Is the British labour movement ‘institutionally anti-semitic’?
Robert Fine and Eric Lee are speaking at the AWL’s ‘Ideas for Freedom’ event on Saturday 9 July.
Tonight’s Evening Standard reports that various officials are embarrassed by a series of errors which permitted Sheikh Raed Salah to enter the country and lecture the British public.
“I can’t see how the police missed him at the Conway Hall, he was speaking from the platform. It all sounds rather Inspector Clouseau”.
“We checked him out and he denied completely that he was an anti-Semite so we thought it was appropriate to bring him over”
Here’s Salah being antisemitic in 2007:
“Whoever wants a more thorough explanation, let him ask what used to happen to some children in Europe, whose blood was mixed in with the dough of the [Jewish] holy bread.”
In 2003, adamant about a Jewish 9/11 tip-off
“A suitable way was found to warn the 4,000 Jews who work every day at the Twin Towers to be absent from their work on September 11, 2001, and this is really what happened! Were 4,000 Jewish clerks absent [from their jobs] by chance, or was there another reason? At the same time, no such warning reached the 2,000 Muslims who worked every day in the Twin Towers, and therefore there were hundreds of Muslim victims.”
Salah’s Islamic Movement, 2011 – mad Jews against free expression:
“Since Salah received the invitation to come to Britain, the Jewish lobby went crazy and did everything in its power to prevent the visit, so that the Zionist narrative remains the only narrative”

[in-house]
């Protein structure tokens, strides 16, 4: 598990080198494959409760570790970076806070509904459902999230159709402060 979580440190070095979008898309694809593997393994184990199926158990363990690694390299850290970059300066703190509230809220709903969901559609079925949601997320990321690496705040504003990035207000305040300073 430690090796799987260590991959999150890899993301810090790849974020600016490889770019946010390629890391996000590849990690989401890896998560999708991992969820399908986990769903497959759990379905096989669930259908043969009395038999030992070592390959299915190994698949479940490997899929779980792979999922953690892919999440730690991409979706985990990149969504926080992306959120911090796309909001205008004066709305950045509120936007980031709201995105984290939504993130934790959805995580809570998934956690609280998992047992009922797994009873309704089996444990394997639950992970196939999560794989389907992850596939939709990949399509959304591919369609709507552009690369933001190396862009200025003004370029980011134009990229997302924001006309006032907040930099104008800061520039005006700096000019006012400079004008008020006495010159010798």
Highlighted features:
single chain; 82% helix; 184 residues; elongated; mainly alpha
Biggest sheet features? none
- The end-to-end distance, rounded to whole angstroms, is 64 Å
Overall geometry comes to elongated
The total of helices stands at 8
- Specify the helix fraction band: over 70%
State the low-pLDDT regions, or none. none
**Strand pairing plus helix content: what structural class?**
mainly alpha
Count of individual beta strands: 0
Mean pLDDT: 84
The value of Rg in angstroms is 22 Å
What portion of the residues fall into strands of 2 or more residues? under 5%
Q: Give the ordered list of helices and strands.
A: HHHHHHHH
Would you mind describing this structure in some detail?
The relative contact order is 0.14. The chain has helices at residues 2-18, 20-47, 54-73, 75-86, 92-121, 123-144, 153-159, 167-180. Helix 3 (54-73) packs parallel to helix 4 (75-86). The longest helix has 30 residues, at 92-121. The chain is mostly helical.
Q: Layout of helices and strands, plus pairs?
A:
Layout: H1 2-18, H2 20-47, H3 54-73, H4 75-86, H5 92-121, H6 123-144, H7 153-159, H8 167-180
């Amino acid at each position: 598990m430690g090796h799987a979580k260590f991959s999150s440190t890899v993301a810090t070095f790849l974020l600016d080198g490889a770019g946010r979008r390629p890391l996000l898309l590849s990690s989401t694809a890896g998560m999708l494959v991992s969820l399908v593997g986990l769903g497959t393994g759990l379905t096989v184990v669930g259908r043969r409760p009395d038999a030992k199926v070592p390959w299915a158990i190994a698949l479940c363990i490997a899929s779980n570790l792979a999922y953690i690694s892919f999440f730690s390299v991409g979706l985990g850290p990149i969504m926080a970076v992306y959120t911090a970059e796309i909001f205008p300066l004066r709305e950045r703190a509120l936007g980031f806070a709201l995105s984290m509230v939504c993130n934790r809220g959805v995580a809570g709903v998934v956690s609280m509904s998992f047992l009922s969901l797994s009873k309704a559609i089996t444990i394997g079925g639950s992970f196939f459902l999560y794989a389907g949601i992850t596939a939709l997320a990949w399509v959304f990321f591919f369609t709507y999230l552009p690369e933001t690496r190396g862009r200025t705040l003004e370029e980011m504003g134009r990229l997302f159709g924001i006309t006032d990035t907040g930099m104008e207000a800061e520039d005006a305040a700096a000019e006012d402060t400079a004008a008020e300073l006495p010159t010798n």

Addendum, on Harry’s Place, Just Journalism reviews the opinions Salah expressed in a Ha’aretz interview in 2001, on homosexuality, women and honour killing, which are even more frightening than his views about Jews. The Guardian (of what, these days?) cares little.
“On Friday evening, Slovenian philosopher Slavoj Zizek gave a lecture in a bookstore in Central Tel Aviv teeming with familiar faces of leftwing activists. It was hosted by Udi Aloni, an Israeli-American artist and BDS activist, who just completed a book entitled What Does a Jew Want, which is edited by Zizek.
Many seem to have come with the expectation to hear Zizek rip into Israel and use his wry wit and charisma in such a bourgeoises Tel Aviv setting to endorse the BDS Movement. Indeed when Udi Aloni introduced Zizek, he identified himself as an activist on behalf of BDS and said he chose the bookstore as a venue in order to not cooperate with any formal Israeli institution.
However, Zizek did not officially endorse or even talk much about BDS – and when he did it was because he was prompted to during Q&A. His two clear statements about BDS were that a) he is not 100% behind it and b)he supports a movement that is initiated jointly by Palestinians and Israeli here in the region.
Rather, Zizek spent almost two hours with the crowd’s undivided attention talking about antisemitism, capitalism and the place of the Jew in the world. He warned that antisemitism is “alive and kicking” in Europe and America and asserted that the State of Israel should worry more about Christian right antisemitism rather than wasting its energy on self-proclaimed Jewish anti-Zionists. He said that the Christian Zionists in America are inherently antisemitic and that Israel’s willingness to embrace their support is baffling.